I can’t drop in at the windowless subterranean lair of the Tennessee Archive of Moving Image and Sound very often. It always takes a while to unscramble my brain. TAMIS’ lab is like being on the inside of a kaleidoscope, with new and antique audio and video technology, and images of pop culture icons from Tom Jones to Ida Cox, and always some music playing—early jazz, early bluegrass, early blues—and some startling video on one of the monitors.
Every time I talk to proprietors Bradley Reeves and Louisa Trott, they’re solving some interesting mystery. Last week they made another discovery at the old Rouser Company, known for several decades as a supplier of audio-visual equipment to local schools and other groups, which closed earlier this year. Its last office was on the downtown stretch of Magnolia, the part that’s now called Old Magnolia. Frank Rouser Jr., now 83 and retired, likes TAMIS and generously donated much of what he’d been saving all these years, some of it dating back to his dad’s era. One item they saved was a small, heavy, black case.
When Louisa Trott saw what was in the black case, she screamed.
TAMIS nurtures lots of esoteric enthusiasms, like recordings of early country and jazz music. They’ve made a particular study of finding early Knoxville films. Most are home movies, but there are memories—and so far only that—of feature films shot here. They’ve been on the lookout for a couple of missing movies by visiting filmmakers, a 1925 project called A Knoxville Romance and a 1928 comedy, at least partly shot at Knoxville High School, called Too Much Flapper.
One of the best existing Knoxville-based films they’ve ever found was one in the collection of the Thompson family. Shot mostly at and around the University of Tennessee in 1931, it was called “College Life.” It shows a snowball fight, students mugging for the camera, some track and field events, a parade with student-made floats. TAMIS showed it at one of their home-movie nights at the East Tennessee History Center.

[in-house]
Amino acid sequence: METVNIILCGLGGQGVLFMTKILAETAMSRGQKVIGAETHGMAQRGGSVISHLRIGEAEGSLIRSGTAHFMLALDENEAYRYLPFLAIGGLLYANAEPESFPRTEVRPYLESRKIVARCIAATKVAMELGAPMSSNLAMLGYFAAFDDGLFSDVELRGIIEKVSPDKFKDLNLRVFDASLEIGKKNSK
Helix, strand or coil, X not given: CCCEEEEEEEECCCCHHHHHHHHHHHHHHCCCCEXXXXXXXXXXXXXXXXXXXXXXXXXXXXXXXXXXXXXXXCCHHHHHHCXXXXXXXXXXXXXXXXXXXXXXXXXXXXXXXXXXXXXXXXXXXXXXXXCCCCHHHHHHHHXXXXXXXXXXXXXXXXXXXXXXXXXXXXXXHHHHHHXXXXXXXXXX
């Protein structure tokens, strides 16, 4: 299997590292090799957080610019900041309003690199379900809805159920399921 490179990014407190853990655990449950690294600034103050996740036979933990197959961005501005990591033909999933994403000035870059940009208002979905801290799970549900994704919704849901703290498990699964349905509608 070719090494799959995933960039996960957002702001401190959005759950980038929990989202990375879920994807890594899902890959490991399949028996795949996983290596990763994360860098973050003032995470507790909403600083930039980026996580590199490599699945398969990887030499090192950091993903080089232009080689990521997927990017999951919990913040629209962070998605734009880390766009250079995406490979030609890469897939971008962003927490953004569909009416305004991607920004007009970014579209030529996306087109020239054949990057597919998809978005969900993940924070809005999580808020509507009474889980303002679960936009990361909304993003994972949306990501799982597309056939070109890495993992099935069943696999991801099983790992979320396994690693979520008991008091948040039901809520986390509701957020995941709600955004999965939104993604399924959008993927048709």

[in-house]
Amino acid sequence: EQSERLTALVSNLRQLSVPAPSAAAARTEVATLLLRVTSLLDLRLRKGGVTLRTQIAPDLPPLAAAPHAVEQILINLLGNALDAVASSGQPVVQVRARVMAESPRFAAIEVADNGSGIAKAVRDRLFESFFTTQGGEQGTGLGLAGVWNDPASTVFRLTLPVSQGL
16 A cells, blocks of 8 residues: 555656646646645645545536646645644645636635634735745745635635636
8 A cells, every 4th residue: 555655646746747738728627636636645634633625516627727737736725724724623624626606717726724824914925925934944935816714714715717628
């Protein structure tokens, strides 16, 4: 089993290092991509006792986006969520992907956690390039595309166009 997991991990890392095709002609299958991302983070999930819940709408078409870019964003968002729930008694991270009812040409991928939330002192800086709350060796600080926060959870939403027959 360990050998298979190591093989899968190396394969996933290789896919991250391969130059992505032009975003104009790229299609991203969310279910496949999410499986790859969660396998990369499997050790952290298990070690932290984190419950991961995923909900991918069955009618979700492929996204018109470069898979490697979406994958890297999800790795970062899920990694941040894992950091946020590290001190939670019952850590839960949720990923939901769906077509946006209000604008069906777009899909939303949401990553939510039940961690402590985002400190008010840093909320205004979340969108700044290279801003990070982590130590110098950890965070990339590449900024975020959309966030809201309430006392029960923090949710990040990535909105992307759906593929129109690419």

Brad says the cinematography—not a word usually associated with home movies—suggests professional skill. It impressed him and Louisa so much they set out to find as much as they could about the guy that made the film. At first it wasn’t much. His name was Robert J. Clements, and he was a UT student. He’d attended Boyd Junior High, and Knoxville High, and lived in apparently modest rental accommodations on Saxton Street in East Knoxville.
With the help of UT archivists, they found that Clements attended UT for at least two years, 1929-31, switching majors from agriculture to commerce. He apparently never graduated.
A Canadian archivist helped, finding a reference in a national trade monthly called Movie Makers, from January 1931. The article, only a paragraph, outlines the Knoxville Amateur Cinema Club, announcing the release of a “collegiate football comedy” called Pigskin Passions. The cast included Catherine Buster, Virginia Read, Stuart Stair, and Bert Thompson, son of Knoxville’s best-known photographer, Jim Thompson, who also dabbled in filmmaking. The director, photographer, and story writer was Robert J. Clements.